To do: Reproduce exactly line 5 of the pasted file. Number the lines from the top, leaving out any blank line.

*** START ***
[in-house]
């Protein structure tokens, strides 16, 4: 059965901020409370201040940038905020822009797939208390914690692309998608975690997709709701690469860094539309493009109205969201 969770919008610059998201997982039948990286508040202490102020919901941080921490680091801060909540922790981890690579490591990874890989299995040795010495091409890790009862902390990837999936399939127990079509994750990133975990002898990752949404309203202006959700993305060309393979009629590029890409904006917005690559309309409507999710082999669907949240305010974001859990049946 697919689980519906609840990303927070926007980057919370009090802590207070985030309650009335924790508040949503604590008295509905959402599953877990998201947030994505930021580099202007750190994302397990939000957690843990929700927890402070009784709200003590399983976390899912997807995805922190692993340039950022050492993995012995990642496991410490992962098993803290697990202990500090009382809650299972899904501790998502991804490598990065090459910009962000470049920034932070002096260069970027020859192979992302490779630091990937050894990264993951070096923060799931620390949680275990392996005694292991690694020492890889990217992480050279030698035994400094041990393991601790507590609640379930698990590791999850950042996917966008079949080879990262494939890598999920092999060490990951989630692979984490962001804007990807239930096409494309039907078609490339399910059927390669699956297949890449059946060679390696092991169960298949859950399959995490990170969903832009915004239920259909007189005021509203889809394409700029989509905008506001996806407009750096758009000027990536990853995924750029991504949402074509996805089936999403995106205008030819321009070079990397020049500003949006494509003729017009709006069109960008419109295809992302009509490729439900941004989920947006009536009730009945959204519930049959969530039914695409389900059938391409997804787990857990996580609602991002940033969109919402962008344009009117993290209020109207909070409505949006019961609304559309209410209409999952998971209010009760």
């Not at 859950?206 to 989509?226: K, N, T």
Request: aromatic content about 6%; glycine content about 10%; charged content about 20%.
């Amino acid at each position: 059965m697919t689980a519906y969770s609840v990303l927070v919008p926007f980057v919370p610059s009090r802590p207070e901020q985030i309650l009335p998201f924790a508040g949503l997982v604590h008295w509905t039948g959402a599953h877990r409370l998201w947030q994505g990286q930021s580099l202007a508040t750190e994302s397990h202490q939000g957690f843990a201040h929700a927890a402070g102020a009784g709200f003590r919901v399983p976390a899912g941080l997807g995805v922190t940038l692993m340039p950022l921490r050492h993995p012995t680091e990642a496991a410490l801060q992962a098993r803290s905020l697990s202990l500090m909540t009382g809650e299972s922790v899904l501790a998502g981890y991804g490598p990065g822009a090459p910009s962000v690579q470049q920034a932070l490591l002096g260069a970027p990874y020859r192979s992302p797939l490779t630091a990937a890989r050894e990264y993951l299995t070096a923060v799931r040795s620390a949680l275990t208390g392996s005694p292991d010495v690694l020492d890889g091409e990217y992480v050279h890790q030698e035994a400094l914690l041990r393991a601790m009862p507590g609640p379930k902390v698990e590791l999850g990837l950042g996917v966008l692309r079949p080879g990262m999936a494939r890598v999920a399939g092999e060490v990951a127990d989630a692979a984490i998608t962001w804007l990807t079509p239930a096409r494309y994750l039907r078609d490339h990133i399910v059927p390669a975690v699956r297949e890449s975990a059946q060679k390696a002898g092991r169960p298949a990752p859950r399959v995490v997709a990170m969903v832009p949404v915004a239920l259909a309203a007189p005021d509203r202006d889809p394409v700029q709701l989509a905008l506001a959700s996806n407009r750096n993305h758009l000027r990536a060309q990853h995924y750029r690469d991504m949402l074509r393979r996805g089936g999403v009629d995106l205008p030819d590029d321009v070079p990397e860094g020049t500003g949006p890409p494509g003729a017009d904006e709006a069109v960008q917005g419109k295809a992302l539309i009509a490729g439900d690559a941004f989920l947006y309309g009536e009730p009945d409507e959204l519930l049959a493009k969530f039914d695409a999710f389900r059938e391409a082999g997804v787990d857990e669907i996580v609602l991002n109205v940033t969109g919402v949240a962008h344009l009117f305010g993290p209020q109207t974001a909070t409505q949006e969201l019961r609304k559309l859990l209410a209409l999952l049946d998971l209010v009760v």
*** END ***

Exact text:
């Amino acid at each position: 059965m697919t689980a519906y969770s609840v990303l927070v919008p926007f980057v919370p610059s009090r802590p207070e901020q985030i309650l009335p998201f924790a508040g949503l997982v604590h008295w509905t039948g959402a599953h877990r409370l998201w947030q994505g990286q930021s580099l202007a508040t750190e994302s397990h202490q939000g957690f843990a201040h929700a927890a402070g102020a009784g709200f003590r919901v399983p976390a899912g941080l997807g995805v922190t940038l692993m340039p950022l921490r050492h993995p012995t680091e990642a496991a410490l801060q992962a098993r803290s905020l697990s202990l500090m909540t009382g809650e299972s922790v899904l501790a998502g981890y991804g490598p990065g822009a090459p910009s962000v690579q470049q920034a932070l490591l002096g260069a970027p990874y020859r192979s992302p797939l490779t630091a990937a890989r050894e990264y993951l299995t070096a923060v799931r040795s620390a949680l275990t208390g392996s005694p292991d010495v690694l020492d890889g091409e990217y992480v050279h890790q030698e035994a400094l914690l041990r393991a601790m009862p507590g609640p379930k902390v698990e590791l999850g990837l950042g996917v966008l692309r079949p080879g990262m999936a494939r890598v999920a399939g092999e060490v990951a127990d989630a692979a984490i998608t962001w804007l990807t079509p239930a096409r494309y994750l039907r078609d490339h990133i399910v059927p390669a975690v699956r297949e890449s975990a059946q060679k390696a002898g092991r169960p298949a990752p859950r399959v995490v997709a990170m969903v832009p949404v915004a239920l259909a309203a007189p005021d509203r202006d889809p394409v700029q709701l989509a905008l506001a959700s996806n407009r750096n993305h758009l000027r990536a060309q990853h995924y750029r690469d991504m949402l074509r393979r996805g089936g999403v009629d995106l205008p030819d590029d321009v070079p990397e860094g020049t500003g949006p890409p494509g003729a017009d904006e709006a069109v960008q917005g419109k295809a992302l539309i009509a490729g439900d690559a941004f989920l947006y309309g009536e009730p009945d409507e959204l519930l049959a493009k969530f039914d695409a999710f389900r059938e391409a082999g997804v787990d857990e669907i996580v609602l991002n109205v940033t969109g919402v949240a962008h344009l009117f305010g993290p209020q109207t974001a909070t409505q949006e969201l019961r609304k559309l859990l209410a209409l999952l049946d998971l209010v009760v």